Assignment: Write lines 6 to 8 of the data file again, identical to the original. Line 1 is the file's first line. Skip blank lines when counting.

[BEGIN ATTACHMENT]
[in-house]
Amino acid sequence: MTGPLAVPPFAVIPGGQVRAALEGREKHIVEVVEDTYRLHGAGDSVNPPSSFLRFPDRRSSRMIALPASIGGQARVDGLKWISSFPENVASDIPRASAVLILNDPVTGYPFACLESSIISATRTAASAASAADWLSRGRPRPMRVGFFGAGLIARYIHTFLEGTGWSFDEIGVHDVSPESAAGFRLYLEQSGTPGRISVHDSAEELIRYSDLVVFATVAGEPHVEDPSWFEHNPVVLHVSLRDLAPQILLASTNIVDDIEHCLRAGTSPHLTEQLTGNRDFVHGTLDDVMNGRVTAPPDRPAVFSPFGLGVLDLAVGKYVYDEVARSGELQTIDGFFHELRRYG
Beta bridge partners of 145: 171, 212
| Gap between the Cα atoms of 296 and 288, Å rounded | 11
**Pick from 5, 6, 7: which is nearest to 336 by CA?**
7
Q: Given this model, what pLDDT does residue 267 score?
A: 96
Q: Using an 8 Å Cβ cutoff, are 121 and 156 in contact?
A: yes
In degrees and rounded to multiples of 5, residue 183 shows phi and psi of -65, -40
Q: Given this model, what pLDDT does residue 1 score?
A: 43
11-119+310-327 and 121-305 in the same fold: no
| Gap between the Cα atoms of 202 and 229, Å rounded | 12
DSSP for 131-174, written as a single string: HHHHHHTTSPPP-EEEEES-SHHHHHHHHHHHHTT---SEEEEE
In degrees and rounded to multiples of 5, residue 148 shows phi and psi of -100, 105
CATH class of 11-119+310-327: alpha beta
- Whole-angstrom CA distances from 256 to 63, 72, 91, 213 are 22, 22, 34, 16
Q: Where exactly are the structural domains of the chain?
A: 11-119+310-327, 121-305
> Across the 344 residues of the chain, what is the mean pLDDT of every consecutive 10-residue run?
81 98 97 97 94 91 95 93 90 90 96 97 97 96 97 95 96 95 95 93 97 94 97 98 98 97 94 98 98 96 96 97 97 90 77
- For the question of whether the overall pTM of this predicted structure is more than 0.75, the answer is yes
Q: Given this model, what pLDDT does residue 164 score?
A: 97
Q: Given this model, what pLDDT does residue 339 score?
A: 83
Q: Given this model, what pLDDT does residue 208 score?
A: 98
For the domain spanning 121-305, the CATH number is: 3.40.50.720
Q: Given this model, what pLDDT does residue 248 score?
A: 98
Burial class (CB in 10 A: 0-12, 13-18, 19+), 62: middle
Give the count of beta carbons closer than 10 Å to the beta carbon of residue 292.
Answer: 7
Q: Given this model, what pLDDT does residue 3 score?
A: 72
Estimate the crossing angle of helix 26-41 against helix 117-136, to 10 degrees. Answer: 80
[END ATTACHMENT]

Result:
7
Q: Given this model, what pLDDT does residue 267 score?
A: 96